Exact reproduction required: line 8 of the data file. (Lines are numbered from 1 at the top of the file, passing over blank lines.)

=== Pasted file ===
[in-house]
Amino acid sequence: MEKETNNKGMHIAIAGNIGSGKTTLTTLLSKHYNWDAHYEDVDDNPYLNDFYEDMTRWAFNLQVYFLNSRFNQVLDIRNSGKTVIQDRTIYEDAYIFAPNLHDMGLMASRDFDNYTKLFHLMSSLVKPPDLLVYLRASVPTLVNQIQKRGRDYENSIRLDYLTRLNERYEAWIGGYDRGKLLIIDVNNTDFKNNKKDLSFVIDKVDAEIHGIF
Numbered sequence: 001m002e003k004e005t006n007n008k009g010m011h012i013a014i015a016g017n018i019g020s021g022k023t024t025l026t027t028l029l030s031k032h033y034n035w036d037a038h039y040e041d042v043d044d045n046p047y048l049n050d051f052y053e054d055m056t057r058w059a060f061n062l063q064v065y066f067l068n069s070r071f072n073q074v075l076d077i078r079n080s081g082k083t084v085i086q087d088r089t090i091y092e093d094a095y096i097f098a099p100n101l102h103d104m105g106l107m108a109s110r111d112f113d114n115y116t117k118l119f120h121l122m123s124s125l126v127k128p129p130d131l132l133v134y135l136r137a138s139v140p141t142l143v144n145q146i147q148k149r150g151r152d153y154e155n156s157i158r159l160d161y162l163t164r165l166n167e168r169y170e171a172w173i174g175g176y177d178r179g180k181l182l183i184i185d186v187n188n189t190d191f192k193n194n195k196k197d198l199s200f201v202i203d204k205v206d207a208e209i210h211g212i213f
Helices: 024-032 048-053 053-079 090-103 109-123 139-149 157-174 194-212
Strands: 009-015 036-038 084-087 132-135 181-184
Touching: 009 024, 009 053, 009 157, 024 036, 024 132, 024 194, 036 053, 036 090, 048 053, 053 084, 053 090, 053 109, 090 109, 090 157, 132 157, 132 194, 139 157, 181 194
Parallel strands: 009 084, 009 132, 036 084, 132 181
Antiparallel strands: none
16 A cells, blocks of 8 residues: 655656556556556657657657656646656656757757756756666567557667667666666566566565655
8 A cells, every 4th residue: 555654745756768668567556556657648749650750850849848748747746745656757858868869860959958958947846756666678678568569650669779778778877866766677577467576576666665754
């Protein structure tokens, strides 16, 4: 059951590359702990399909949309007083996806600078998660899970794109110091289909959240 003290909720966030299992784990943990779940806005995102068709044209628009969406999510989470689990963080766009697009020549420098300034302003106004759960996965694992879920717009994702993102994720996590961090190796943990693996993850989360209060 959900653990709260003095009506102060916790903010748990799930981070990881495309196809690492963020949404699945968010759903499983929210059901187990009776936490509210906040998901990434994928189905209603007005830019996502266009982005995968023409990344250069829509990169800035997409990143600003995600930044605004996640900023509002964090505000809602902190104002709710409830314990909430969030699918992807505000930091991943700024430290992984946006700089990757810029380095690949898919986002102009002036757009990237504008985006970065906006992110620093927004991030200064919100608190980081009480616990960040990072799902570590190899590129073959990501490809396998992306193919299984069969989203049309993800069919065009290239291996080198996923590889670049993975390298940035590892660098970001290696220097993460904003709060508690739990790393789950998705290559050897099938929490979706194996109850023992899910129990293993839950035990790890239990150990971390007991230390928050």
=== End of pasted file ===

Antiparallel strands: none